SA heading to top of tik trade chain
South Africa is fast becoming a major exporter of one of the most destructive drugs on the market.
Only days after a UN Office on Drugs and Crime report singled out South Africa as one of the biggest players in the region in the manufacture of tik, police said they had arrested a woman allegedly trying to smuggle a large consignment of methamphetamine.
The 46-year-old woman, who is to appear in the Bellville Magistrate's Court today, was arrested by border police at Cape Town International Airport on Sunday.
The 10.5kg of tik allegedly found in her luggage has an estimated street value of R3-million.
"The suspect arrived in Cape Town on a flight from Johannesburg. Her luggage was searched when she appeared suspicious, during which 10.5kg of concealed tik was found in her luggage," said police spokesman Warrant Officer November Filander.
The woman was arrested in 2006 in Johannesburg for dealing in dagga. Filander said she was sentenced to seven years' imprisonment in 2007 but was released after serving five years.
One of the most concerning findings in the UN report was that South Africa has become a leading manufacturer of tik in the Southern African region. Previously, the drug had largely been imported.
Tik, according to the 2008 UN Office on Drugs and Crime report, emerged in South Africa in Gauteng in 2003, before it reached the Western Cape.
But the authorities say the problem of tik is countrywide. The drug, which is described by the Medical Research Council of South Africa as a "powerfully addictive stimulant", has been destroying communities, especially in the Western Cape.
However, police narcotics sources - who asked not to be named - said it was becoming a huge problem throughout the country.
"This drug is definitely on the increase. It is everywhere, especially in the Pretoria suburbs of Eersterus and Laudium, and in Johannesburg's Lenasia," a police source said.
He said the drug is popular because it is relatively cheap - a small bag of it sells for between R60 and R80.
Gauteng is emerging as one of the bigger producers of tik.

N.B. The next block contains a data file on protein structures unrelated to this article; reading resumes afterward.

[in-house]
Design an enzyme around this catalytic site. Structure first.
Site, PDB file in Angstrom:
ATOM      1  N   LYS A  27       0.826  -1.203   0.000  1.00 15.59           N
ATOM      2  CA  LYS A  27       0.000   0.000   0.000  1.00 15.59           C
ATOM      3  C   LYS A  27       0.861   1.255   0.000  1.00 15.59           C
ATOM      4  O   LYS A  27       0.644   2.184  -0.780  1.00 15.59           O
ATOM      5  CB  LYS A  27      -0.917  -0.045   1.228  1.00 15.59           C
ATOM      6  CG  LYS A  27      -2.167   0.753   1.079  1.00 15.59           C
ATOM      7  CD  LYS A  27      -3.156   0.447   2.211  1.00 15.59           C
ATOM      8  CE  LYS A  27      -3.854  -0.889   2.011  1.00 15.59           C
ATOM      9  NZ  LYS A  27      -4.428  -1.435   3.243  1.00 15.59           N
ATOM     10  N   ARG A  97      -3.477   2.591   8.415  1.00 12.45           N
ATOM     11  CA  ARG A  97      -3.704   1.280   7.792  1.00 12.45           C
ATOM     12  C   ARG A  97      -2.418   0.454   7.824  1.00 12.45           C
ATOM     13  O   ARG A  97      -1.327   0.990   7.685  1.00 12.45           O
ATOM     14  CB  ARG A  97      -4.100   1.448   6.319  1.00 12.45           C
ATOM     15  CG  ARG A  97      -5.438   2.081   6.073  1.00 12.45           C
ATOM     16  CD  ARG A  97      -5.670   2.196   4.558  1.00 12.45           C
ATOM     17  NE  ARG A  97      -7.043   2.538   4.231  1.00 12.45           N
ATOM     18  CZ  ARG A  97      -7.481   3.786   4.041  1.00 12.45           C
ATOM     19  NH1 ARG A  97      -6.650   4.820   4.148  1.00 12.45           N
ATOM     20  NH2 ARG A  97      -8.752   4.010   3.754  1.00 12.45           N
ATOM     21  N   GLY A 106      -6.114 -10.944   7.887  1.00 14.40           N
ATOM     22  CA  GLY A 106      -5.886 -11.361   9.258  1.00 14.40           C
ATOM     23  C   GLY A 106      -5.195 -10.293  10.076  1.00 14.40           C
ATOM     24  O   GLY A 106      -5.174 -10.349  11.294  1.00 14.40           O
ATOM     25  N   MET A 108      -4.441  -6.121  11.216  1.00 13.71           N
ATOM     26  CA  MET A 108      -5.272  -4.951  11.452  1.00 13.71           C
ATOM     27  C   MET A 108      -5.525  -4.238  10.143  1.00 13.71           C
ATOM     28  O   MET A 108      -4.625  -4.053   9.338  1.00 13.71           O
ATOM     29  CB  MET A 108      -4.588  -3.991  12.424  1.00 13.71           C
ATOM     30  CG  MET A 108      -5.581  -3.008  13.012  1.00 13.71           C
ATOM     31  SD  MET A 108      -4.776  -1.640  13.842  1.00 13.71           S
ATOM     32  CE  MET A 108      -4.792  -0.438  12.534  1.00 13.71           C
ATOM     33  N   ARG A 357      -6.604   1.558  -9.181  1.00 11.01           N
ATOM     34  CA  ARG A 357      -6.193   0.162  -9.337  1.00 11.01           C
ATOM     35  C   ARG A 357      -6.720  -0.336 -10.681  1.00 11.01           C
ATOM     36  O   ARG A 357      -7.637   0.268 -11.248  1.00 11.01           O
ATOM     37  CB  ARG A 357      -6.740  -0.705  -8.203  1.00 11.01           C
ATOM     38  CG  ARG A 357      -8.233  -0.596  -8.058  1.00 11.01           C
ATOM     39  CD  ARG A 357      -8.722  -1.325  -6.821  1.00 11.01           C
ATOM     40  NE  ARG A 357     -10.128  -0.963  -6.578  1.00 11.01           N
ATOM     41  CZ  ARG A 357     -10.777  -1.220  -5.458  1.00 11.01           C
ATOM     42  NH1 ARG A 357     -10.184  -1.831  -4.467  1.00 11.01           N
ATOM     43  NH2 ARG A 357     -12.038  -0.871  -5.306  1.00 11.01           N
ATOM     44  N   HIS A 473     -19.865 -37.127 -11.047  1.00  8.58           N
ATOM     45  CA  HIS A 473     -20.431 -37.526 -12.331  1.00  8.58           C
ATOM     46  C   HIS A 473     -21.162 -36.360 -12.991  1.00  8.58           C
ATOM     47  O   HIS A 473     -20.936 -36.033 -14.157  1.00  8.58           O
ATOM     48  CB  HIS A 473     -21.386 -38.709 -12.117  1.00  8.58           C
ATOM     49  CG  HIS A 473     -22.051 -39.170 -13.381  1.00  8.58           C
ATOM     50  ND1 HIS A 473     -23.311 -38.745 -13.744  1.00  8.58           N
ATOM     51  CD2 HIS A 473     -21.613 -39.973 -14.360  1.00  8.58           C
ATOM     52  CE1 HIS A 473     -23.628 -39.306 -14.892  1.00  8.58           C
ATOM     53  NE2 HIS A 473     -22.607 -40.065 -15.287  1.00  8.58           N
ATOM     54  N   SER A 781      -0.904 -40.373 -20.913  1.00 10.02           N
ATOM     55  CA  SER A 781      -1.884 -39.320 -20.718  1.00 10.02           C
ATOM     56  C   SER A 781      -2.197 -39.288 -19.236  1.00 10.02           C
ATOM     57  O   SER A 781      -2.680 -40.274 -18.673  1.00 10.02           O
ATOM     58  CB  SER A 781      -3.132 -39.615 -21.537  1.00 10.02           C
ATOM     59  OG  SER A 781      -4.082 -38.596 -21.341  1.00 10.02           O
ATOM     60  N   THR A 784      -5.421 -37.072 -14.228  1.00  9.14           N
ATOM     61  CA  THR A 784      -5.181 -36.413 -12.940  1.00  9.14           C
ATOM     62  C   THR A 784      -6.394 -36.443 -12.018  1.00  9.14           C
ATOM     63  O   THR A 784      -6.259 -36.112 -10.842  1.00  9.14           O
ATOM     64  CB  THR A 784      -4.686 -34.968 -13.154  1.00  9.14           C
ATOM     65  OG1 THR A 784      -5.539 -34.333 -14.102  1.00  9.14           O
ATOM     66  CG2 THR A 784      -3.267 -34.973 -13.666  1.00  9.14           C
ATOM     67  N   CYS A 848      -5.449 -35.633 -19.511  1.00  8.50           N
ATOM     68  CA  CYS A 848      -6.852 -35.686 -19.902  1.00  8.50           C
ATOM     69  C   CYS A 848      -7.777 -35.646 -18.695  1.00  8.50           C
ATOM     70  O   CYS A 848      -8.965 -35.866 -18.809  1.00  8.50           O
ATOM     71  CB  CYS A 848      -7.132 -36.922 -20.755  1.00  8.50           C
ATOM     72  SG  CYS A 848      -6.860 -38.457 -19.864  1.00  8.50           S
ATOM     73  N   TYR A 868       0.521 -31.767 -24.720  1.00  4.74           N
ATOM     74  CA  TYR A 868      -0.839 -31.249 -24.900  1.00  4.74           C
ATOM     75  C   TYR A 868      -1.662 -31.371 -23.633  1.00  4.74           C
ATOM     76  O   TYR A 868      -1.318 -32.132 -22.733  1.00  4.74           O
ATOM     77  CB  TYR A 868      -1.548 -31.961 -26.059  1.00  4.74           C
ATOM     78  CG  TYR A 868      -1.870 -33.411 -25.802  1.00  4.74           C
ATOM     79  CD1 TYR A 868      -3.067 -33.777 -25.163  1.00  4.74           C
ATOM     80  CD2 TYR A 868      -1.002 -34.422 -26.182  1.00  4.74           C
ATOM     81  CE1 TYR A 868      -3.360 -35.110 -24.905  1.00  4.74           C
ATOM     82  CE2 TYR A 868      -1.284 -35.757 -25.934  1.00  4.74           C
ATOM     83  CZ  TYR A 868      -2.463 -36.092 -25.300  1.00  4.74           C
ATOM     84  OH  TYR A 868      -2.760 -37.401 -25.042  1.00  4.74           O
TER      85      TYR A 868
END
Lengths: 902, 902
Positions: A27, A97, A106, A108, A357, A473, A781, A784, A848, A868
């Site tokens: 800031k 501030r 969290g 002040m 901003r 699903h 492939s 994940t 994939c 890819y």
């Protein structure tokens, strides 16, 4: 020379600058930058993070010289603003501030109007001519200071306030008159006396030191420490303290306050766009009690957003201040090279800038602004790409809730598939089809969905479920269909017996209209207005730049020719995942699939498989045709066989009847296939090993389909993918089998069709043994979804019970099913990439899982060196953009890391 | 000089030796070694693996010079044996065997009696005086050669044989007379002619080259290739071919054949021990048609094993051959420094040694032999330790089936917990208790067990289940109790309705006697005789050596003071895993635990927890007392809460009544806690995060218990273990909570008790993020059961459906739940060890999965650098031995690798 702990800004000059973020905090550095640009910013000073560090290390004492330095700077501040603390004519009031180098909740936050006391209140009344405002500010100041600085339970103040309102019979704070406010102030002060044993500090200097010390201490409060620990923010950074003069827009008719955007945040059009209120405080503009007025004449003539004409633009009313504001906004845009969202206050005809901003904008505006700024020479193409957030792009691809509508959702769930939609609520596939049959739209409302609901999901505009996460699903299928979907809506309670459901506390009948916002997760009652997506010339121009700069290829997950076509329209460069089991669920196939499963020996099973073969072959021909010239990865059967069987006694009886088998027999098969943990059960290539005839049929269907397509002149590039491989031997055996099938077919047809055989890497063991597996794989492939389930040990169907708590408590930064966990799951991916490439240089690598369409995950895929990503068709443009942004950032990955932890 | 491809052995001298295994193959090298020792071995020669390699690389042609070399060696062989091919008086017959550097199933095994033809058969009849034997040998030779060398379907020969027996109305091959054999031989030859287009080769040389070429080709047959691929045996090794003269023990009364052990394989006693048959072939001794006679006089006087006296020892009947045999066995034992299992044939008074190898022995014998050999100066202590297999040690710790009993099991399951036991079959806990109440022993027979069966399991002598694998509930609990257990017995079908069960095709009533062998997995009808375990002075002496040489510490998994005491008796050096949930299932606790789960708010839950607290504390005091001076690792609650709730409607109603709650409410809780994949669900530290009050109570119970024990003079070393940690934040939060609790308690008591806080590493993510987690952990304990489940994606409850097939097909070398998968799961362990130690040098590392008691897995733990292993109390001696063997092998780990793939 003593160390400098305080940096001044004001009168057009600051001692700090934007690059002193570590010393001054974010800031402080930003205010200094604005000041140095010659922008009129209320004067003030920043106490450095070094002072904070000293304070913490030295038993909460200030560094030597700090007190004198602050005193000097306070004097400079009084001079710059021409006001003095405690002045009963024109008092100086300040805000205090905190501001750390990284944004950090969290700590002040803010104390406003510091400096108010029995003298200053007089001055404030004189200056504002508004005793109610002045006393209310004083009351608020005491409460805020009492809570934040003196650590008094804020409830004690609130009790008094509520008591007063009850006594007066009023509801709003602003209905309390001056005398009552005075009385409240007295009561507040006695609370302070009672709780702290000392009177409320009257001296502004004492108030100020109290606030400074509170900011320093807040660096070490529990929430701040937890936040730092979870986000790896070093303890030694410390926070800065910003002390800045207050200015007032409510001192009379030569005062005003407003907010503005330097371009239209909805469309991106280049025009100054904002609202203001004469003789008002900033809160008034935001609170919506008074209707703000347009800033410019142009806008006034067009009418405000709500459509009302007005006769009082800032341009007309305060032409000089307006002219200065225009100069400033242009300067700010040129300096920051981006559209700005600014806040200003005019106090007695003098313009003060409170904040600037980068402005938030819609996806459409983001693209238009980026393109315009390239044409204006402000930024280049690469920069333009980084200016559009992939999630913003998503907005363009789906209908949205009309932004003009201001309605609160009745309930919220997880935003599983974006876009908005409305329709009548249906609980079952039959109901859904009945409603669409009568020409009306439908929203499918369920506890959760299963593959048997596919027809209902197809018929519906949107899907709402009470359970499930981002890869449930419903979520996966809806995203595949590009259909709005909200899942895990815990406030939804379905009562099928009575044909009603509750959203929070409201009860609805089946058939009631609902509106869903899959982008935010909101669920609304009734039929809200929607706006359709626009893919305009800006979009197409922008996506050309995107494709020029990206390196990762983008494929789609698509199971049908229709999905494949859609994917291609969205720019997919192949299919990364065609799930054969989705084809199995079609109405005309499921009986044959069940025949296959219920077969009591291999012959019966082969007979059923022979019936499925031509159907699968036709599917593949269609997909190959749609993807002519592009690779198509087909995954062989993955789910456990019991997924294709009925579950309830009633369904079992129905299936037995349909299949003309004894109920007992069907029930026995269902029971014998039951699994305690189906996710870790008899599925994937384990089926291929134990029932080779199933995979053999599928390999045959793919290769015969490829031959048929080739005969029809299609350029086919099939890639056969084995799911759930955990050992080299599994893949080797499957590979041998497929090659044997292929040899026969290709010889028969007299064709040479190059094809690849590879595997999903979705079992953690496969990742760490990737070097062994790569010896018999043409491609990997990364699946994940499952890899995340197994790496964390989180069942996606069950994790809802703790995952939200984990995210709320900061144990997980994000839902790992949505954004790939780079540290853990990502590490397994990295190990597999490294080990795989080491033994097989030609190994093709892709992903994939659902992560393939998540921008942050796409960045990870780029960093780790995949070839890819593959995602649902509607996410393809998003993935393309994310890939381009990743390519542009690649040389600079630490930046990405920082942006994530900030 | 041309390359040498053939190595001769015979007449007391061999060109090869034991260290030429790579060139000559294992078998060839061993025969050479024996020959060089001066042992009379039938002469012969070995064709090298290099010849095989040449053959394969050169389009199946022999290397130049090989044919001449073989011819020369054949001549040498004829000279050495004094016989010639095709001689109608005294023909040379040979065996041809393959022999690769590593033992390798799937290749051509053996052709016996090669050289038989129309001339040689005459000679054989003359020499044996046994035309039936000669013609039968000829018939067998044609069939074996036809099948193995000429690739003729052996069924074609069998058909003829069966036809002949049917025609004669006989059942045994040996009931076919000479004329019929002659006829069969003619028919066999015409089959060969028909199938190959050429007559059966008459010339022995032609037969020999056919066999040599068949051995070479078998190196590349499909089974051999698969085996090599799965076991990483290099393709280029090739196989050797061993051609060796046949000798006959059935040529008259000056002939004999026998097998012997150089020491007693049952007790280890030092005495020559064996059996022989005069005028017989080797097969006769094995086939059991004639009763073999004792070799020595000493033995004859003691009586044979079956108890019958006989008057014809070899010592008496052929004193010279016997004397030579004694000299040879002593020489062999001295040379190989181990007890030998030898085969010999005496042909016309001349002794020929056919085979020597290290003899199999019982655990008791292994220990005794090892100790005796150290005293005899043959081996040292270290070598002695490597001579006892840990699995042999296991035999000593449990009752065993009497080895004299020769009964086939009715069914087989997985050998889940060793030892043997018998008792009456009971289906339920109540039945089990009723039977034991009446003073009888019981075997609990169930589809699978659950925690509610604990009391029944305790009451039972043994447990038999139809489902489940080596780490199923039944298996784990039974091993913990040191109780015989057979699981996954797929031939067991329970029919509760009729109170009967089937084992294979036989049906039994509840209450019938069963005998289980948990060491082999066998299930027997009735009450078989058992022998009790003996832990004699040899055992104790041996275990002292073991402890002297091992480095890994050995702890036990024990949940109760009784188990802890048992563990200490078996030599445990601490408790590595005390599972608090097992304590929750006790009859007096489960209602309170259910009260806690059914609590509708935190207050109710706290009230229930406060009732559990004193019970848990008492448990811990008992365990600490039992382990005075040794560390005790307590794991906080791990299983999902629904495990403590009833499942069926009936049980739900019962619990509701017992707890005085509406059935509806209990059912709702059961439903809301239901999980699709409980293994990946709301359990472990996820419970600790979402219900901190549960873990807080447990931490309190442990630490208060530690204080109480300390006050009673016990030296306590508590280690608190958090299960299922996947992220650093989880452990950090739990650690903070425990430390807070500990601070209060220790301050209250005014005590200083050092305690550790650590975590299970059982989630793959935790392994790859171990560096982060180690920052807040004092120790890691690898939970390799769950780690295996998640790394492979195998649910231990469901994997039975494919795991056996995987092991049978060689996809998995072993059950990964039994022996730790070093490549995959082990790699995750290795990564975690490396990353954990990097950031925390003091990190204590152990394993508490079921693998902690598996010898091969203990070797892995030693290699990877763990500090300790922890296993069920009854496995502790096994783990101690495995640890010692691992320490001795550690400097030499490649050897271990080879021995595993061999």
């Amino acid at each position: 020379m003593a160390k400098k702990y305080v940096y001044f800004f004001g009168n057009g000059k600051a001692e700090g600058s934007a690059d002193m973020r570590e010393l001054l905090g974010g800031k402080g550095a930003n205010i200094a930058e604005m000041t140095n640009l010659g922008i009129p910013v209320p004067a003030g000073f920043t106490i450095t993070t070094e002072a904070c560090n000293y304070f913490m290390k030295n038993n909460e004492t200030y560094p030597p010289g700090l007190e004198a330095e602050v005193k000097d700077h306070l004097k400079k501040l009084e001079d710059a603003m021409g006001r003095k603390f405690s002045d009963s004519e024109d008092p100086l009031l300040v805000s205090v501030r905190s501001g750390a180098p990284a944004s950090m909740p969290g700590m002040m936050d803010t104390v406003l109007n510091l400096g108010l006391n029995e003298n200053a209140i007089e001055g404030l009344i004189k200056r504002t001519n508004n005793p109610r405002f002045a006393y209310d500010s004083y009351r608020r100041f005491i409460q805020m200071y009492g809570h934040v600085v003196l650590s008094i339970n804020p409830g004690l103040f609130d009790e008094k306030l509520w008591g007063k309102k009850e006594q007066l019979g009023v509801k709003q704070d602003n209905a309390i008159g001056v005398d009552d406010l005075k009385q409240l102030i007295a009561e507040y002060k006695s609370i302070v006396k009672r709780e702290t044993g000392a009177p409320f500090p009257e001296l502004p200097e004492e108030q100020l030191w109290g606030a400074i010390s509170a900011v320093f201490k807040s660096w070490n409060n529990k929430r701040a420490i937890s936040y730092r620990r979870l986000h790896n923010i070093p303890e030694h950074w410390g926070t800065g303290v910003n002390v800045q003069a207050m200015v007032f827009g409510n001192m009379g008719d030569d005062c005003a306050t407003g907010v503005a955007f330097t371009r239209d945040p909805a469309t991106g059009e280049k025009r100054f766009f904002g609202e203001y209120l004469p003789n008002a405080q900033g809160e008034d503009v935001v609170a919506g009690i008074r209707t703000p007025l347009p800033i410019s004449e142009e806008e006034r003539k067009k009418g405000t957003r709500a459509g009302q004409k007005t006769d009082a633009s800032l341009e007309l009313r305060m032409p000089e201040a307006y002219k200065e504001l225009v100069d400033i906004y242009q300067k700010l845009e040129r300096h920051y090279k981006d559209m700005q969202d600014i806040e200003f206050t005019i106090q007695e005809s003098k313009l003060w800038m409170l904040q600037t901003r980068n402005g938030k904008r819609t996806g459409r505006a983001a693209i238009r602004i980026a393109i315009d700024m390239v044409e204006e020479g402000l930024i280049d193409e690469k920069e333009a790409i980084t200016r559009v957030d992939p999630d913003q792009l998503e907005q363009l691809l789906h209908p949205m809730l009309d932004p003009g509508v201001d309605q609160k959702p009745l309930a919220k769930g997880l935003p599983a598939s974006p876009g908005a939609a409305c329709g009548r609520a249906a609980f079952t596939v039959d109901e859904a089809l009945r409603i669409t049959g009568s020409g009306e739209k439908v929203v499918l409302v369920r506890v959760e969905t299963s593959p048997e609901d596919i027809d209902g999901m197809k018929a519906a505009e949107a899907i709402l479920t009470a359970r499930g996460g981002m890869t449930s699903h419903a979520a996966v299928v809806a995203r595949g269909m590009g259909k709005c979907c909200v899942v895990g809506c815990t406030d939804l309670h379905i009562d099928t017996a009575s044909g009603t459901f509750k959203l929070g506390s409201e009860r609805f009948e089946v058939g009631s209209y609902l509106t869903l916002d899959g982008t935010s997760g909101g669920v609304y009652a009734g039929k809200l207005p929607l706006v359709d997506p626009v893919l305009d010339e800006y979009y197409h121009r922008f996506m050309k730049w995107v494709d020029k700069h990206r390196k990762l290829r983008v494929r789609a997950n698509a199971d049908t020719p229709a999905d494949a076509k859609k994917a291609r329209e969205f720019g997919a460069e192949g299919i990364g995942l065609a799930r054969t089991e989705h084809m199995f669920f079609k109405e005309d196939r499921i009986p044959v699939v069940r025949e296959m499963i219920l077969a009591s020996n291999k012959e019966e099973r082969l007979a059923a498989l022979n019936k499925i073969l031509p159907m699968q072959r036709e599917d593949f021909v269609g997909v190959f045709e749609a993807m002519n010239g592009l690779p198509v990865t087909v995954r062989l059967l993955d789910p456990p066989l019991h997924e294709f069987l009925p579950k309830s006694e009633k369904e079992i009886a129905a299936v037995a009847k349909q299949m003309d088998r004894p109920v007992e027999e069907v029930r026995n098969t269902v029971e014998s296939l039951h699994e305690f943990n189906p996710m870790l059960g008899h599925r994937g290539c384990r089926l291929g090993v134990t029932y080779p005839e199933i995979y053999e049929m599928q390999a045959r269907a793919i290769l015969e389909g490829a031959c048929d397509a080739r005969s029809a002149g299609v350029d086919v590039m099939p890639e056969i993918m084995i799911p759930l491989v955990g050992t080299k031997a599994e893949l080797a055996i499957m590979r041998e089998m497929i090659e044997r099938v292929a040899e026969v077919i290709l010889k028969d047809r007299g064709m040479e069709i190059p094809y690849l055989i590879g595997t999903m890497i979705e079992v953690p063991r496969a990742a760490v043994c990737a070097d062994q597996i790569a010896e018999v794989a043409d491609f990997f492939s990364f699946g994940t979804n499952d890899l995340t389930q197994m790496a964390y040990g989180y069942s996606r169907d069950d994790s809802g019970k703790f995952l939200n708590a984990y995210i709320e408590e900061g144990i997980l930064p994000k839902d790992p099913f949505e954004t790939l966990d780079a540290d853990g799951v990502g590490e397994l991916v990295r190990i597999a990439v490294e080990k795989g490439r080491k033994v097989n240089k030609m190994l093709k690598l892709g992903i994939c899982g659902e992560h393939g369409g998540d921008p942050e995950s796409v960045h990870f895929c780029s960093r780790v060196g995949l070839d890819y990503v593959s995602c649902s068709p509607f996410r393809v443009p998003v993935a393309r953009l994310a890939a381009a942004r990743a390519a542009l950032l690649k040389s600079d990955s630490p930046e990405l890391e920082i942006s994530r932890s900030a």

"In 2010, of the 22 drug labs shut down, four were tik labs. In 2011, of the 14 drug labs closed down, six produced tik."
The white odourless powder - which is the second-most widely used illicit drug in the world after cannabis, according to the UN - is easily made with cheap over-the-counter products available at most pharmacies.
"The side-effects include severe aggression and it can be fatal," said the police source.
"The biggest problem is that people think they are buying the purer drug, cat, when in fact they are buying the cheap and nasty tik," he said.
Users suffer from convulsions and often die of a stroke or heart attack.
The drug can either be smoked, snorted, ingested or injected intravenously. In South Africa, it is usually smoked.
The drug is often associated with the gang wars raging in Cape Flats communities such as Hanover Park.
Last week, eight people lost their lives in gang wars on the Flats.
The youngest victim was eight-year-old Mogamat Junaid McKenzie, who was caught in the cross-fire of a gun battle between two gangs in Steenberg.
Yesterday, Western Cape Community Safety MEC Dan Plato said the current gang warfare centres on fighting for control of drug sales.
Last week, at the launch of the "Don't Start, Be Smart" drug abuse awareness campaign, Cape Town mayor Patricia de Lille said drugs are destroying entire communities.
"I need not remind you of the cases in which parents have been charged with killing their drug-addicted children. I need not repeat anecdotes of children assaulting their parents. I need not talk of so many young lives destroyed. There is a man-made disaster out there," said De Lille.
Tertius Cronje, of the SA National Council on Alcoholism in Western Cape, said that though national intervention is needed against drug abuse, the problem in Western Cape is complex and demands special attention.
"Given the unique problems in Western Cape, where you have high instances of substance abuse running concurrently with high instances of gangsterism ... that could call for a specific focus on a strategy attacking gangsterism and substance abuse at the same time," said Cronje.
Nelson Medeiros, operations manager at Pretoria's Crossroads Recovery Centre, said there was an increase in the number of people using tik, especially in Gauteng.
"In the past, most of our tik patients came from Western Cape and Eastern Cape, but the majority are now from Gauteng.
"The majority of those using it are in their 20s and are rich, middle class and poor," he said.
The lives of a large number of South Africans have been destroyed when they were caught smuggling hard drugs into other countries.
Last month, Nolubabalo Nobanda was sentenced to 15 years behind bars in Thailand after she was caught trying to smuggle 600g of cocaine into the country.
In March, Durban headmistress Annabella Momplé pleaded guilty to "charges of importing cocaine" and a judge of the Isleworth Crown Court, in London, sentenced her to four years and nine months behind bars.
Last year, Janice Linden, from KwaZulu-Natal, was executed in China for smuggling tik into that country, and Sheryl Cwele, the former wife of State Security Minister Siyabonga Cwele, was convicted of drug trafficking.
"Traffickers also took advantage of the country's good infrastructure and South Africa emerged as a transit hub for cocaine shipments from South America destined for Europe, as well as for heroin shipments from Afghanistan and Pakistan destined for Europe," said the UN Office on Drugs and Crime report.